The question OP is proposing is linked to the question of the mass formulas. Here, what really matters is if the mass of the u quark is indeed very near zero and if one has some compelling theoretical reason to believe this.
The strong CP problem could not be of much help here as pointed out in the Dine's review. The reason is quite simple: If one should have a $\theta$ term into QCD Lagrangian, the neutron would have a measurable electric dipole. From experiments we know that is not the case and a lower bound is fixed. But the electric dipole of the neutron does not depend only from the mass of the quark u and so, having $m_u\approx 0$ is a sufficient condition but not necessarily the right one.
From a theoretical stand point, from QCD sum rules a lower bound for the masses of u and d quarks can be estimated. The main reference is S. Narison, QCD as a Theory of Hadrons (Cambridge University Press, 2007). I report here the estimation given in this book for the sake of completeness (chapter 53 in the book):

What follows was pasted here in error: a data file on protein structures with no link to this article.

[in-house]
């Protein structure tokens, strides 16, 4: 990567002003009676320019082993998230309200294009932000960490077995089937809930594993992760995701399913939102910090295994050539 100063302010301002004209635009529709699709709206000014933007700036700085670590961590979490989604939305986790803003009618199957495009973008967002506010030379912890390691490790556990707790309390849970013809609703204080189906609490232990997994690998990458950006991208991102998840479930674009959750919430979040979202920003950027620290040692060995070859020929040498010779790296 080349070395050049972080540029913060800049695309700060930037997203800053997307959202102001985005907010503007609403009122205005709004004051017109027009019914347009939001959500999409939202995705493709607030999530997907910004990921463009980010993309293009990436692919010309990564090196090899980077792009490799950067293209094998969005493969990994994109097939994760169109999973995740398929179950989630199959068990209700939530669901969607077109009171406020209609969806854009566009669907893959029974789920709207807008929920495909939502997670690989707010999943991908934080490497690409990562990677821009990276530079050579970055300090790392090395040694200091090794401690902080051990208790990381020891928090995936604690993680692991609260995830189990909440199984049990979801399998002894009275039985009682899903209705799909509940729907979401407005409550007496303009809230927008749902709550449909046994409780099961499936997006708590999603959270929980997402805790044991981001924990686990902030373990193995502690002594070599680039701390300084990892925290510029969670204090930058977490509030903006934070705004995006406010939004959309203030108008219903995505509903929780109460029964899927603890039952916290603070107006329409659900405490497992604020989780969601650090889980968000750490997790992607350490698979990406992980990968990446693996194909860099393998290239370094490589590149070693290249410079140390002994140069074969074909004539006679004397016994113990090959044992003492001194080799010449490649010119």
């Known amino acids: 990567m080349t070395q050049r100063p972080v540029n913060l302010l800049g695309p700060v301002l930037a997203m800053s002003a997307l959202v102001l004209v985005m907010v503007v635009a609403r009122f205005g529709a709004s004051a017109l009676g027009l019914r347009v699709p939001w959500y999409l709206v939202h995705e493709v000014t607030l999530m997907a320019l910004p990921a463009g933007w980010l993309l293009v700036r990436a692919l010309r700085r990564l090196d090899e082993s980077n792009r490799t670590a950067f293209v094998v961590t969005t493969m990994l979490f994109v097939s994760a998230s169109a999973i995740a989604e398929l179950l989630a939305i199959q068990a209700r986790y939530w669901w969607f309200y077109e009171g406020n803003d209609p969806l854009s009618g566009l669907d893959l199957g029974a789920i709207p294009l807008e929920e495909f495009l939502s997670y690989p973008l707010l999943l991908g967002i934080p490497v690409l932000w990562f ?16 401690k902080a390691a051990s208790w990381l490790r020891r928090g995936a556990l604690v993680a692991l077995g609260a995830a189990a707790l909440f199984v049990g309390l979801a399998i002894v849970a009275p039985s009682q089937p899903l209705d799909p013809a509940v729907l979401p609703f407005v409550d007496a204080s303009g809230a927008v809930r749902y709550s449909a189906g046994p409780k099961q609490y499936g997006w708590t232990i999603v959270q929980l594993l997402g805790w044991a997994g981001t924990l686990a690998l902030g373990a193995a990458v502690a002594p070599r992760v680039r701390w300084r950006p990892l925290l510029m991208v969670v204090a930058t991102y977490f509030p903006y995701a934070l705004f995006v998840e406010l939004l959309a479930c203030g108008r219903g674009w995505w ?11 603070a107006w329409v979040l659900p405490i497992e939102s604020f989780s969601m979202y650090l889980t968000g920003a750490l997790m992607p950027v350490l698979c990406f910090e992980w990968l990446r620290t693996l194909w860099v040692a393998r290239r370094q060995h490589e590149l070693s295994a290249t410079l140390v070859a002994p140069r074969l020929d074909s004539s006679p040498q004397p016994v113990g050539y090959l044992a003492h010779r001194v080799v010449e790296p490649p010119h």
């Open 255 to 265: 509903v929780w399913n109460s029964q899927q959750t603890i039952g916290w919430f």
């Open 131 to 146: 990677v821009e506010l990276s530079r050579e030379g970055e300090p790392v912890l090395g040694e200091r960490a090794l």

$$(m_u+m_d)(2\ GeV)>7\ MeV.$$
This grants a small but yet finite mass and whatever mass formula should satisfy this bound. Of course, this is consistent with $m_u\approx 0$. But a more recent review (see here) gives $m_u\approx 3\ MeV$ that is not so small but it is on the strong interaction scale. Smallness of $m_u$ and $m_d$ masses makes chiral symmetry a very good yet approximate symmetry.